The next morning, 31st August, Malaysia National day, on our way back to Tawau, we made a detour to Poring, having heard and seen many reports of desirable birds from there. However, Poring Hotspring was not productive on that day as there was no fruiting tree at this time of the year. We walked the trail to Kipungit Waterfall, and no Pitta call was heard, we did not attempt to climb to the Bat Cave and Langganan Waterfall as I was carrying my 600 mm rig with me at that time.
Nevertheless, this Barbet was seen feeding on a high brunch, it looks like a juvenile Blue-eared Barbet Megalaima auatralis. This could also remotely be a juvenile Golden-naped Barbet Megalaima pulcherrima as they have been recorded to descend down to this altitude level. The Yellow-crowned Barbet would have shown some red on the nape.
Juvenile Blue-eared Barbet
Juvenile Blue-eared Barbet
This is the Greater Green Leafbird Chloropsis sonnerati, also foraging on a high branch against the brightly lit sky, resulting in a horrible looking record shot.
Greater Green Leafbird
This Draco sp. flying Lizard flew in to feed on ants on this tree trunk, after it left, a Rufous Piculet Sasia abnormis also flew in for a few seconds, there was no no time to take a pciture.
This Grey-cheeked Bulbul Criniger bres was feeding next to the entrance of the Canopy Walk. Opposite it was the endemic White-crowned Shama Copsychus stricklandi.
There are a number of stalls across the road selling handicrafts and stones laced with mineral and crystals deposits to tourists.
On the way we stopped at Nunuk Ragang. Nunuk Ragang is a legendary red banyan tree traditionally located at the intersection of the left (Liwagu Kegibangan) and right (Liwagu Kawananan) branches of the Liwagu River to the east of Ranau and Tambunan in Sabah. The word "Nunuk" is a Dusun word for the Banyan tree, and "Ragang" comes from "aragang", the Dusun word for red. It was under this giant banyan tree that the village of Nunuk Ragang was founded and flourished. Tradition places this village as the original settlement grounds of the Dusun people who inhabit most of central Borneo. In 2004, the quasi-government group Kadazandusun Cultural Association (KDCA) set up a memorial near Tampias at the site of what they believe is the original village. The memorial, which was built in the form of a huge fig tree, contrasts with the surrounding modern palm oil plantations. The association conducts annual pilgrimages to the site, timed to coincide with the inauguration of its paramount chief, the Huguon Siou (Wikipedia).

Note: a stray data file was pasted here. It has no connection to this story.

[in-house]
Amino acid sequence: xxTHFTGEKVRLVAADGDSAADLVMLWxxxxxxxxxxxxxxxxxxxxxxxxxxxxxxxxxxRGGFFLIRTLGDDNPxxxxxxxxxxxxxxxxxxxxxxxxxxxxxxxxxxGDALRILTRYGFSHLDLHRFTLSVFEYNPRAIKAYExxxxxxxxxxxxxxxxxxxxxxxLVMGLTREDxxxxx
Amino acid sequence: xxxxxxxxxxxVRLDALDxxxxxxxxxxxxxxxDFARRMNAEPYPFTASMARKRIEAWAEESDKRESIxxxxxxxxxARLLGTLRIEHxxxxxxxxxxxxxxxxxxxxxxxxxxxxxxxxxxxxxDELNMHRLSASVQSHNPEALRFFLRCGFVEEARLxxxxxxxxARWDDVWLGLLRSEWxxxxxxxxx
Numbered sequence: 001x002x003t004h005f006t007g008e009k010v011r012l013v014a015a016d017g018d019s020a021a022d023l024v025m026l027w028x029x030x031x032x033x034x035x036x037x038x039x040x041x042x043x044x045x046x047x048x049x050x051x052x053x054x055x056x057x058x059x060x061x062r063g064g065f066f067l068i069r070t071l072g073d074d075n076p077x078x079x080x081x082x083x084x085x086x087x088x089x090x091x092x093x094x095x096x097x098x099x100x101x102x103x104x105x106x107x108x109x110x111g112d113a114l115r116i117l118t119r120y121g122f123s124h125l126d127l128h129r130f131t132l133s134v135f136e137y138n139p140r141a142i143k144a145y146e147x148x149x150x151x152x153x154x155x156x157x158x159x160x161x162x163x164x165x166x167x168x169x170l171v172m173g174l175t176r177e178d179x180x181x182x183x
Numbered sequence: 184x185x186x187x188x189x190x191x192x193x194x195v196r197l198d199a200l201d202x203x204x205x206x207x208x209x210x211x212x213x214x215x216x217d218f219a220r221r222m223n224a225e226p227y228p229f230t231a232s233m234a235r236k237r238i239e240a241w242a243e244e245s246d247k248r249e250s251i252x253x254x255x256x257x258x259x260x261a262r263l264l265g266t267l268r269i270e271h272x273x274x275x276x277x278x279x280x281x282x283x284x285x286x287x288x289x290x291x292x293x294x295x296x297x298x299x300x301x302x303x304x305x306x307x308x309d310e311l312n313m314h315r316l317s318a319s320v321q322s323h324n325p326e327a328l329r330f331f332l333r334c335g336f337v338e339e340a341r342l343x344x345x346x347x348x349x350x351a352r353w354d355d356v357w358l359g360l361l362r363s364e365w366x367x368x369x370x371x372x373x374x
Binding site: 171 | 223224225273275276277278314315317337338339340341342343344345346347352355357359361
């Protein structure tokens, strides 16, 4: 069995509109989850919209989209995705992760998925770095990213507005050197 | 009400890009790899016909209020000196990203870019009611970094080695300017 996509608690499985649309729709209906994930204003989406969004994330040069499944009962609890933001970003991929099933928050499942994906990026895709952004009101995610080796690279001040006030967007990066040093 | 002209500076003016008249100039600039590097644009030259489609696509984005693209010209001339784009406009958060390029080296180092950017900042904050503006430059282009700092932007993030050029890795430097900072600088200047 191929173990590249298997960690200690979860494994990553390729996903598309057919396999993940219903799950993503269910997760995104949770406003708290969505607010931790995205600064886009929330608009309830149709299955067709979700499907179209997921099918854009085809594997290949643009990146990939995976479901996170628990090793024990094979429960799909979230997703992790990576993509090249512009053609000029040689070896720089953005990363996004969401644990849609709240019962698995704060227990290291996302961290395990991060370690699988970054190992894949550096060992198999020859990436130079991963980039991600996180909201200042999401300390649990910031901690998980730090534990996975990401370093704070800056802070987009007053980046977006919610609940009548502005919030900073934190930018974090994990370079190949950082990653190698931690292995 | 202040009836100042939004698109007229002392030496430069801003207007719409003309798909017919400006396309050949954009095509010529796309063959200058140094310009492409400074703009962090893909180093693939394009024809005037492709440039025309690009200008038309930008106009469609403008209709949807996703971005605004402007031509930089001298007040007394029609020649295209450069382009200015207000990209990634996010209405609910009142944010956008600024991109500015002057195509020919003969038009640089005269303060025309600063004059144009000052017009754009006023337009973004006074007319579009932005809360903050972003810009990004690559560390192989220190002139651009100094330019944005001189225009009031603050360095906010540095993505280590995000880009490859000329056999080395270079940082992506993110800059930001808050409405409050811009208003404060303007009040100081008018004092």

This is how Nunuk Ragang looks like.
We found this snake on the road there. Our friend, Mr. Ku Kok On was so excited and went to capture it to play play.
Mr Ku holding the snake
Close up of the snake
Saw House Swift Apus nipalensis and Pacific Swallow Hirundo tahitica flying above the river and open plain in front of Nunuk Ragang.
As there was no activity, we left after stopping for a while to take some picture.